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Restrictive covenants in employment contracts will be enforced if they are reasonable under the particular circumstances. The rule of reasonableness applies to consideration as well as to other matters such as territorial and time limitations.
Defendant former employees of Central Adjustment Bureau (“CAB”) had signed covenants not to compete with CAB. The defendants left CAB to form a company which competed directly with CAB. Consequently, CAB brought suit in Chancery Court seeking both compensatory and injunctive relief. According to CAB's allegations, the defendants were liable in tort and for breach of the non-competition covenants. The Chancellor found that the non-competition covenants were unreasonably broad with regard to geographical and time limitations. The Chancellor, however, modified these restrictions enforcing them as modified by injunctive relief. The Court of Appeals reversed the Chancellor on the issue of the covenant not to compete, holding that the covenants were unenforceable for lack of consideration. As an additional ground for its decision, it held, without discussing the issue of modification, that the covenants were unenforceable because they were unreasonably broad in their geographic and time limitations.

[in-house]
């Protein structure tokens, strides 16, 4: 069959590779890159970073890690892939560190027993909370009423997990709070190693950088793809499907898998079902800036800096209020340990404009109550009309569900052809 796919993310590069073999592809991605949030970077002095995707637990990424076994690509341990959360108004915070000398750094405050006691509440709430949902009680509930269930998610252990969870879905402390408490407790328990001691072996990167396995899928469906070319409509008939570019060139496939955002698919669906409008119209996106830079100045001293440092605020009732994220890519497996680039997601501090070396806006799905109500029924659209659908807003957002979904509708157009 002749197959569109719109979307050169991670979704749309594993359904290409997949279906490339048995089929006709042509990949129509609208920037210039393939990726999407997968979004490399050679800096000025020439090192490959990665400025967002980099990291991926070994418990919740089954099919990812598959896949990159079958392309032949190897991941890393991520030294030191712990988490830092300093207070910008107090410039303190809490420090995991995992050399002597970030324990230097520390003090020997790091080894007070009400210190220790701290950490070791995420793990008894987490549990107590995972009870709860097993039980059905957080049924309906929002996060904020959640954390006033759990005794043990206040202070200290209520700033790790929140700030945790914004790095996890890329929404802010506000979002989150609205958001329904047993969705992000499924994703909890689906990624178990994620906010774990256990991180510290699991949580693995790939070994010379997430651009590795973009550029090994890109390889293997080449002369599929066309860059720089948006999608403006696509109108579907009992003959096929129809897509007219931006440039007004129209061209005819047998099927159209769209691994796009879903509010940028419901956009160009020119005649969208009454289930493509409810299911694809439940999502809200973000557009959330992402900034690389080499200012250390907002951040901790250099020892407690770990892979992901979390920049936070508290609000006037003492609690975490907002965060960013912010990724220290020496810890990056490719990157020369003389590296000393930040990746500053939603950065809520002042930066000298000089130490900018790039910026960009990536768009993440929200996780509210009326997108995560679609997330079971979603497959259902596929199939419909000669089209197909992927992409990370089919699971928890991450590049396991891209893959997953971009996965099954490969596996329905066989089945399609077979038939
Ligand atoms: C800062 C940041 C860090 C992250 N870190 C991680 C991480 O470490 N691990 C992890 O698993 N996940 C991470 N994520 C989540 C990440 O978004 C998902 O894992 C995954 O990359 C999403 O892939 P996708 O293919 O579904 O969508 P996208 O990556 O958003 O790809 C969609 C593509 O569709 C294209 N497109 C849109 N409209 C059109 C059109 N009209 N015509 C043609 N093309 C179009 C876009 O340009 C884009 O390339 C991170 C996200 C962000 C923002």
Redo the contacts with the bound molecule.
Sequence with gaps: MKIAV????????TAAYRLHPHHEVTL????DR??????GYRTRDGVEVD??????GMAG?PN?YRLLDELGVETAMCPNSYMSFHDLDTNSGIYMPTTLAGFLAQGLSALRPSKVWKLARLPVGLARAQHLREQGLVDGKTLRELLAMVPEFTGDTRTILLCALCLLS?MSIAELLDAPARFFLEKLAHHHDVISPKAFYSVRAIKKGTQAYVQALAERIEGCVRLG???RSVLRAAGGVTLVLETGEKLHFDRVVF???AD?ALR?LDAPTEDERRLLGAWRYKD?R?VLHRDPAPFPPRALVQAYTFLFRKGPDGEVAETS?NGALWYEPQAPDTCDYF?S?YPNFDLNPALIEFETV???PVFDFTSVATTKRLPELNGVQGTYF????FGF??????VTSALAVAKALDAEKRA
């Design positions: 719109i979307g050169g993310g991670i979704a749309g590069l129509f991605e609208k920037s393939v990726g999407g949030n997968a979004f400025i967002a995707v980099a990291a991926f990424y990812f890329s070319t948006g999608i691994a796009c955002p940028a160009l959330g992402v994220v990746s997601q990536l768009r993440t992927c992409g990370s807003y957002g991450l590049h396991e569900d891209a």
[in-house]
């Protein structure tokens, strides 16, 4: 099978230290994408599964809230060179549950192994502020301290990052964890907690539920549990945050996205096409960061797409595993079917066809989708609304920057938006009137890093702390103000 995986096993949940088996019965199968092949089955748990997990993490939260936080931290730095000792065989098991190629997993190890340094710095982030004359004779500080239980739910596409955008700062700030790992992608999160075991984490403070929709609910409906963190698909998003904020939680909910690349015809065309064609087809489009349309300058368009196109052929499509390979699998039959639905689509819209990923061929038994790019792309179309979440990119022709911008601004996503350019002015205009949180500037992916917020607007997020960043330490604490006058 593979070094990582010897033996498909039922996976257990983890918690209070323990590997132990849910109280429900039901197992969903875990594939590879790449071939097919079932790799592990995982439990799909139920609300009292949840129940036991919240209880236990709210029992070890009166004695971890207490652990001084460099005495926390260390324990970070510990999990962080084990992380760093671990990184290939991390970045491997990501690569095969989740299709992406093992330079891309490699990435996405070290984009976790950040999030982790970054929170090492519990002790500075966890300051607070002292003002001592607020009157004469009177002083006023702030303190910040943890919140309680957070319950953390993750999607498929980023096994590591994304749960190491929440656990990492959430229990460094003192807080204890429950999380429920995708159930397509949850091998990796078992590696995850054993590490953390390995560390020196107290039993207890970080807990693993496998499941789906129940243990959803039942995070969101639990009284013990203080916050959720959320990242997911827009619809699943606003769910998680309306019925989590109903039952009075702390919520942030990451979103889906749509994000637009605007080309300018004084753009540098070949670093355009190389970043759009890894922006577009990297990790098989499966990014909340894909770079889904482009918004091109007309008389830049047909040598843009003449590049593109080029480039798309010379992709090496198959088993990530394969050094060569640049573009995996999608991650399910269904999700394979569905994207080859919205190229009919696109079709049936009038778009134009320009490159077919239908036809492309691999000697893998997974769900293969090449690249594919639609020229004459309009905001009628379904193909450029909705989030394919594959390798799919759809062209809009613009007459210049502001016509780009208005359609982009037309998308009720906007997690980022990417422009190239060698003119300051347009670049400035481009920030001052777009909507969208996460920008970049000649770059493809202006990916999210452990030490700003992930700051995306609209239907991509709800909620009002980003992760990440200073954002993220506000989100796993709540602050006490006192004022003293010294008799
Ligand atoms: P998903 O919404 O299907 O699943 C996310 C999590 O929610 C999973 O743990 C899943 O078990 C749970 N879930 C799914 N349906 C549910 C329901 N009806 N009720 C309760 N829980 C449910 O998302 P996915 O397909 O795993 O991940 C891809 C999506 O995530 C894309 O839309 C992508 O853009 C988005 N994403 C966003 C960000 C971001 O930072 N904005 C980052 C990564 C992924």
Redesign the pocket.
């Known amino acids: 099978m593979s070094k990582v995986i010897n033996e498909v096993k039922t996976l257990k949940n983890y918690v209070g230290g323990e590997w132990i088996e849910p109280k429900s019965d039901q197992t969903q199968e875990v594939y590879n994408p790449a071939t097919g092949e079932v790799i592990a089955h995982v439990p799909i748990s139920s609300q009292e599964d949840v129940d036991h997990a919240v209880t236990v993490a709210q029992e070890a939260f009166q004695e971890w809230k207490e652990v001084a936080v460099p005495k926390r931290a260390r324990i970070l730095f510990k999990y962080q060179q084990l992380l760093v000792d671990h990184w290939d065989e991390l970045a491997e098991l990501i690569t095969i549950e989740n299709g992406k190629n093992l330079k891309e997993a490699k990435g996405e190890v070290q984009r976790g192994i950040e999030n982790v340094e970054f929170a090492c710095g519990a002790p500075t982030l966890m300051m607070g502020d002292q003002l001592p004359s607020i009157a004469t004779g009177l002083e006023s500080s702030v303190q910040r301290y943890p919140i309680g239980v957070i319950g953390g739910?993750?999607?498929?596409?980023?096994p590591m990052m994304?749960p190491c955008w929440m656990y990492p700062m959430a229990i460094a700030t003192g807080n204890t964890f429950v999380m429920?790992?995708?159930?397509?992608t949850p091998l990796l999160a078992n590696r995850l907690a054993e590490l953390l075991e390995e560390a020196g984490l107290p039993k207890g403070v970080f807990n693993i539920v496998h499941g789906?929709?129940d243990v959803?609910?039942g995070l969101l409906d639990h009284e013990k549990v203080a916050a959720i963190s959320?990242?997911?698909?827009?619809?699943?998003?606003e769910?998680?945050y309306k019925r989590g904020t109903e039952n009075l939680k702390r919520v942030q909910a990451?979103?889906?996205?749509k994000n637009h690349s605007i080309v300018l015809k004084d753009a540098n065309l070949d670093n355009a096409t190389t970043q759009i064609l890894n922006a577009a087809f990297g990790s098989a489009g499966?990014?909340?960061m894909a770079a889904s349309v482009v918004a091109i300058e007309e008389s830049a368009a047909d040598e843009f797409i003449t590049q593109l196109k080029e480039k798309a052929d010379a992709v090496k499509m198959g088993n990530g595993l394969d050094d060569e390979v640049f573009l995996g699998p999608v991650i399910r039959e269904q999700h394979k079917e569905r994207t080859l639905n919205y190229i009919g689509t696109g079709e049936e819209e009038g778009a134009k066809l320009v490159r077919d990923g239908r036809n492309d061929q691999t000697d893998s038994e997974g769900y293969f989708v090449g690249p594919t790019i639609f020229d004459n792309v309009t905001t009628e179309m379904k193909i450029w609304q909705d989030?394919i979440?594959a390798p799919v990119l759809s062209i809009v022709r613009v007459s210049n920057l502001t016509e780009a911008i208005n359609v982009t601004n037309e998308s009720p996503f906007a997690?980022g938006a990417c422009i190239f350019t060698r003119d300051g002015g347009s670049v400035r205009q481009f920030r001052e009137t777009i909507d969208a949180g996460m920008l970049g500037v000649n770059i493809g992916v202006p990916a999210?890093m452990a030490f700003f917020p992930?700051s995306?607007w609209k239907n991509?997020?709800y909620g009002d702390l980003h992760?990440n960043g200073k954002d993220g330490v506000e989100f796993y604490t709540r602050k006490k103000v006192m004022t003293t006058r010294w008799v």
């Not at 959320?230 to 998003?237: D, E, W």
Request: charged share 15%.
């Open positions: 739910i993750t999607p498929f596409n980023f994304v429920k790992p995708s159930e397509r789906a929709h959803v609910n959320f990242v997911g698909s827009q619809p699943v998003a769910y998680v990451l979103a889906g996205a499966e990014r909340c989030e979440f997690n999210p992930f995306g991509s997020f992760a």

Were the restrictive covenants unenforceable for lack of consideration and for being broad in their geographic and time limitations?
The court found that because defendants had continued working for plaintiff after signing the covenants, they could not assert lack of consideration. The court found that though a promise of continued employment was not adequate, defendants' actual continuing employment with plaintiff constituted substantial performance and was sufficient consideration. The court also found that though the covenant's two-year, nationwide restrictions on competition were unreasonably broad, the trial court had properly modified them to the extent reasonably necessary to protect plaintiff's interests, so defendant had no cause to complain. Accordingly, the court reversed the appellate court’s judgment.